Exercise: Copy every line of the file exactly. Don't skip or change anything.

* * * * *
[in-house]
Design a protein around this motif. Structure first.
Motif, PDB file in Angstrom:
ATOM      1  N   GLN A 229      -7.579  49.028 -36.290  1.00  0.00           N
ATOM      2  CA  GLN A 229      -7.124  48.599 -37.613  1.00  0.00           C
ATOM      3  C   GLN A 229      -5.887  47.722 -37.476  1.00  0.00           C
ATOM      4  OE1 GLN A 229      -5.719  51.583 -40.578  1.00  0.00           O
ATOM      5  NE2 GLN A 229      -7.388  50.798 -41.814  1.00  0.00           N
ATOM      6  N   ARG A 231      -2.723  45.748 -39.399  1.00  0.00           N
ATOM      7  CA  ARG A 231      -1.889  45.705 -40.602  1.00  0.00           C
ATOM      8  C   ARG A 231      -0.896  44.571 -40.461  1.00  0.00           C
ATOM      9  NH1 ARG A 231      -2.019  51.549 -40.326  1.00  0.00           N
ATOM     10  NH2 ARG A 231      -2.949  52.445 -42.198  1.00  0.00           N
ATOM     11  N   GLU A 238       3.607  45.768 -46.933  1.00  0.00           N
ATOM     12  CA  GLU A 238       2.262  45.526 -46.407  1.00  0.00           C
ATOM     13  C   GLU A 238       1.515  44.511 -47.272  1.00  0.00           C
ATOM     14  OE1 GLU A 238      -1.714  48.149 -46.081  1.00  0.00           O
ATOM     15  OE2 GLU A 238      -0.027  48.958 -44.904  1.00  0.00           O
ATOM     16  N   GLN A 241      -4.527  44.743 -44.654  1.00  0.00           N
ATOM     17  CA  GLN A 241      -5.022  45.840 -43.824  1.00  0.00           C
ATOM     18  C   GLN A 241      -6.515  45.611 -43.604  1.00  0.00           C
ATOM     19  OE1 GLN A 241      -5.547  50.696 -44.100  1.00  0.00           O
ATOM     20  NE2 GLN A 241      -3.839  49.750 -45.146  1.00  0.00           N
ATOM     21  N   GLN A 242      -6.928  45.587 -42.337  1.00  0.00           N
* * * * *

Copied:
[in-house]
Design a protein around this motif. Structure first.
Motif, PDB file in Angstrom:
ATOM      1  N   GLN A 229      -7.579  49.028 -36.290  1.00  0.00           N
ATOM      2  CA  GLN A 229      -7.124  48.599 -37.613  1.00  0.00           C
ATOM      3  C   GLN A 229      -5.887  47.722 -37.476  1.00  0.00           C
ATOM      4  OE1 GLN A 229      -5.719  51.583 -40.578  1.00  0.00           O
ATOM      5  NE2 GLN A 229      -7.388  50.798 -41.814  1.00  0.00           N
ATOM      6  N   ARG A 231      -2.723  45.748 -39.399  1.00  0.00           N
ATOM      7  CA  ARG A 231      -1.889  45.705 -40.602  1.00  0.00           C
ATOM      8  C   ARG A 231      -0.896  44.571 -40.461  1.00  0.00           C
ATOM      9  NH1 ARG A 231      -2.019  51.549 -40.326  1.00  0.00           N
ATOM     10  NH2 ARG A 231      -2.949  52.445 -42.198  1.00  0.00           N
ATOM     11  N   GLU A 238       3.607  45.768 -46.933  1.00  0.00           N
ATOM     12  CA  GLU A 238       2.262  45.526 -46.407  1.00  0.00           C
ATOM     13  C   GLU A 238       1.515  44.511 -47.272  1.00  0.00           C
ATOM     14  OE1 GLU A 238      -1.714  48.149 -46.081  1.00  0.00           O
ATOM     15  OE2 GLU A 238      -0.027  48.958 -44.904  1.00  0.00           O
ATOM     16  N   GLN A 241      -4.527  44.743 -44.654  1.00  0.00           N
ATOM     17  CA  GLN A 241      -5.022  45.840 -43.824  1.00  0.00           C
ATOM     18  C   GLN A 241      -6.515  45.611 -43.604  1.00  0.00           C
ATOM     19  OE1 GLN A 241      -5.547  50.696 -44.100  1.00  0.00           O
ATOM     20  NE2 GLN A 241      -3.839  49.750 -45.146  1.00  0.00           N
ATOM     21  N   GLN A 242      -6.928  45.587 -42.337  1.00  0.00           N